Motion Detecting Lights
I hope to make a video of this some day, but I am very proud that we can walk all through our big house at night - from one farthest end to the other - never needing to touch a light switch. The choices are cheap LEDs that only stay lit some 60 seconds and ultimately use almost no energy, given their low watt rating and short light time.
I looked at a lot of possible choices here ranging from expensive vertical solutions to smart home motion-detecting switches to "dumb" motion detecting lights. What I settled on was cheap and easy for anyone to use.
No fan of batteries
While batteries are great in their way, they are also a supremely inefficient use of resources. A lot was spent to make some little thing that will die in a matter of months. Of course, they have their places. But whenever possible, it's much better to use something that doesn't waste resources being made, or, even more important, your time in replacing it, or it dying on you, when we all have much cheaper electricity on tap all the time.
Consider how hard it is to mail somebody a meal, compared to hosting them in your kitchen. House electricity is right in front of you. Try not to package practically-free energy in something expensive you have to throw away in time.
Questions and Problems with Consumer Motion-Activated Lights
For the brass tacks of motion detectors, important questions come to the fore, rarely mentioned in ads:
- Do you want them to come on only in the dark? Bad ones turn on for anything less than direct sunlight. Almost no consumer brands let you choose sensitivity, ARG.
- Do you want batteries or house power? I focus on house power, but it's your choice. If you search, many results are battery based. Good luck to you who are energy wise.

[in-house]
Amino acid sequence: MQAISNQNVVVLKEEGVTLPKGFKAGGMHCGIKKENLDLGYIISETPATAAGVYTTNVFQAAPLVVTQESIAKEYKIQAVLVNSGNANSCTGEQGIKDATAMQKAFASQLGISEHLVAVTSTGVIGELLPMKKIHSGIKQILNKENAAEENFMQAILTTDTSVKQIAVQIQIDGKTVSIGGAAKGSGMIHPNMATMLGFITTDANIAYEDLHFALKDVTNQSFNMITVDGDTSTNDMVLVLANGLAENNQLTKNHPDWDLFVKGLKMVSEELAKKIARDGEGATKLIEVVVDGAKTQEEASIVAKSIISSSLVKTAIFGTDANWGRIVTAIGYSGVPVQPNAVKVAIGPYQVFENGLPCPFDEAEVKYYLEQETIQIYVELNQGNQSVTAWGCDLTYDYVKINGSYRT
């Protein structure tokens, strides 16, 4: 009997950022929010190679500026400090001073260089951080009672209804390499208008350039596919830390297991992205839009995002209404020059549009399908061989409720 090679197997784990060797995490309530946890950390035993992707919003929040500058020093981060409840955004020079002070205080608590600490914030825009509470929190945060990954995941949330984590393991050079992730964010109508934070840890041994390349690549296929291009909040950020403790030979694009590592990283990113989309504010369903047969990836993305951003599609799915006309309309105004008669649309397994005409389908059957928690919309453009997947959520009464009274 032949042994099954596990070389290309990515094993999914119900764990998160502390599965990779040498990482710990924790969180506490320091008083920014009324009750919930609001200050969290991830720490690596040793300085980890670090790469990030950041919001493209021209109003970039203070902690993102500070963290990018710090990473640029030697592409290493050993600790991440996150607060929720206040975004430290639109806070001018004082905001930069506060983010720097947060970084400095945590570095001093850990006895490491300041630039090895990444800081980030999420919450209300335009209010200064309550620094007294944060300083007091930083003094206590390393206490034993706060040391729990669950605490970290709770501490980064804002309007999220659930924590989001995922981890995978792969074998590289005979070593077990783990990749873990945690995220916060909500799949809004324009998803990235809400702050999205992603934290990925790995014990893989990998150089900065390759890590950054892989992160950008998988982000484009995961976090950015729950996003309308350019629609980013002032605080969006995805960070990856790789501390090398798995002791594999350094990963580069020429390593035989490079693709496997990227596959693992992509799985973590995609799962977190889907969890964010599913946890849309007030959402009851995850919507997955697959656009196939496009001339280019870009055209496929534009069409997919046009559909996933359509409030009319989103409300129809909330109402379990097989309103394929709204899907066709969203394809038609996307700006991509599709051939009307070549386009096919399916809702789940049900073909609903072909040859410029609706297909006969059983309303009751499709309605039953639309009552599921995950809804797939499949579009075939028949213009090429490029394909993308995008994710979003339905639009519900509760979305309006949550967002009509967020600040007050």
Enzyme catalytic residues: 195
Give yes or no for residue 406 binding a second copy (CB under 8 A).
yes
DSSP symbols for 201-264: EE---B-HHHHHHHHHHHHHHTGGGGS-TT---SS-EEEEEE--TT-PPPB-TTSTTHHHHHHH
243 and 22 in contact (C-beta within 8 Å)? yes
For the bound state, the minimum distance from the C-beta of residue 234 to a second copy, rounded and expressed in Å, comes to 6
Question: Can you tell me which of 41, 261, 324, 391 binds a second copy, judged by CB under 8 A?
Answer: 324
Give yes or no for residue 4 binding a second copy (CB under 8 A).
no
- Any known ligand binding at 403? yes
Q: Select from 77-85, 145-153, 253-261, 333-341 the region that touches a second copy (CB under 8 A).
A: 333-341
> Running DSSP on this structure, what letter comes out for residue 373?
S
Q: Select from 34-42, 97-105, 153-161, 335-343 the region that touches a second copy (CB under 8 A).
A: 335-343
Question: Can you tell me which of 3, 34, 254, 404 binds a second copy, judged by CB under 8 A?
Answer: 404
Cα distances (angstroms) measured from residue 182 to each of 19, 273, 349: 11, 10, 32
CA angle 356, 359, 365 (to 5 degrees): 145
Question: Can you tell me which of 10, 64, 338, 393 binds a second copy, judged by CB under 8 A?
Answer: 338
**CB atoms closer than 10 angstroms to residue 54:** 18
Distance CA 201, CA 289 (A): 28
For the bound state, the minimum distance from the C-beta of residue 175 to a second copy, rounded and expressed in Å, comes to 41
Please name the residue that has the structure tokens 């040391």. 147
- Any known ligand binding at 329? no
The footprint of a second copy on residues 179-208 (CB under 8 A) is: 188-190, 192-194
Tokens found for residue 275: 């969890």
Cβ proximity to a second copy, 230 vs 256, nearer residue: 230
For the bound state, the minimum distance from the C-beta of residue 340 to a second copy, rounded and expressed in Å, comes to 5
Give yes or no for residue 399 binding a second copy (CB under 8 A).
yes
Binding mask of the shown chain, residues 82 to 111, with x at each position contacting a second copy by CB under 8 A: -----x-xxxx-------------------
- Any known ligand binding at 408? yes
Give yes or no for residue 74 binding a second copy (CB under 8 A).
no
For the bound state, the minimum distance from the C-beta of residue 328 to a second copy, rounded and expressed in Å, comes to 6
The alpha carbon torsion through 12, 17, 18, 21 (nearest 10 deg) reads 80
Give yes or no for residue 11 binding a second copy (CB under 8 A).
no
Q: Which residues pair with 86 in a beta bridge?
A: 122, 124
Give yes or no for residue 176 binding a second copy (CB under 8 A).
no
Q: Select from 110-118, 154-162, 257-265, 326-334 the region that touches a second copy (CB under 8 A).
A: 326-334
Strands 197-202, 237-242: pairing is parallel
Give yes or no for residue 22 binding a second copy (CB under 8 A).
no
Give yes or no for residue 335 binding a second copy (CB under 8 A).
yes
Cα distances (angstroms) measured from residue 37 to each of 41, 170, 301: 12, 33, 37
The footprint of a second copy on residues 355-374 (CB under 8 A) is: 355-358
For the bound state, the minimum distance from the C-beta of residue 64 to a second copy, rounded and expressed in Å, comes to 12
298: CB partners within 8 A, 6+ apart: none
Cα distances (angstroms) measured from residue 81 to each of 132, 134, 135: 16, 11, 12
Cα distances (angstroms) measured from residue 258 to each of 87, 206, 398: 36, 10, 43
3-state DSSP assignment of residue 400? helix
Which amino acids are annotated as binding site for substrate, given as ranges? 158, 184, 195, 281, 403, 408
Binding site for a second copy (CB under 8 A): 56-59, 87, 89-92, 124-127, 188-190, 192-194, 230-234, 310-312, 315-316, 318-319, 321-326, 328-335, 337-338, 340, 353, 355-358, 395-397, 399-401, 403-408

- Important motion detector questions:
- How far can it see? Usually just 10 to 15 feet.
- How wide an angle? Usually less than 180 degrees. But sometimes you'd like even more than that.
- How sensitive to motion within range? Can it be adjusted? Rarely very sensitive. Almost none are adjustable.
- Can its view be redirected or given blinds? (Answer: no and no)
- How long does it stay on when triggered? And,
- Does it keep registering motion and extending the period, or will it go out x seconds after it started, leaving you in the dark coming down stairs? (Don't worry, it will come on again when you fall.)
You will find that few of these issues are addressed in the advertising. Almost none of them are adjustable; you get what you get. Thanks for your time, ma'am.
PIR (passive infrared) always means that it can't detect something coming straight at it very well. It uses a little heat map. Also, they can be triggered by stealth heat changes such as HVAC vents.
Low-light solution: The Maxxima MLN-55W
I highly recommend the Maxxima MLN-55W LED Motion Activated Night Light ($20 for two on Amazon).
These guys check off most of the right boxes:
- Quite bright; specs say 15 lumens. I'd say it's like a 10-watt incandescent equivalent.
- Specs say 0.8 watts.
- Wide motion-detecting angle.
- They don't come on unless it's pretty dark.
- Range is 15 to 20 feet.
- They stay on about 90 seconds. They continually reset the 90-s clock based on motion.
- They have a little timestamp on them for month and year of manufacture.
We have about 8 around our house, plus about five of 110V 220V 5W LED PIR Infrared Sensor Motion Detector Lamps for places that need more light.
A few are mounted on Gear Tie twist sticks, so they can be in a more logical place than in a wall socket. Sockets aren't always the best place for perceiving motion or projecting light, in a particular place in your house.
We can walk all around our house at night, top to bottom, MBR to garage, without needing to touch a light switch.
Suggestions to Manufacturers
- Adjustable light sensitivity
- Adjustable angle of motion detection
- Motion detector separate from light
- Flexible options for power (house, battery, or both)
- Chirp if batteries are low.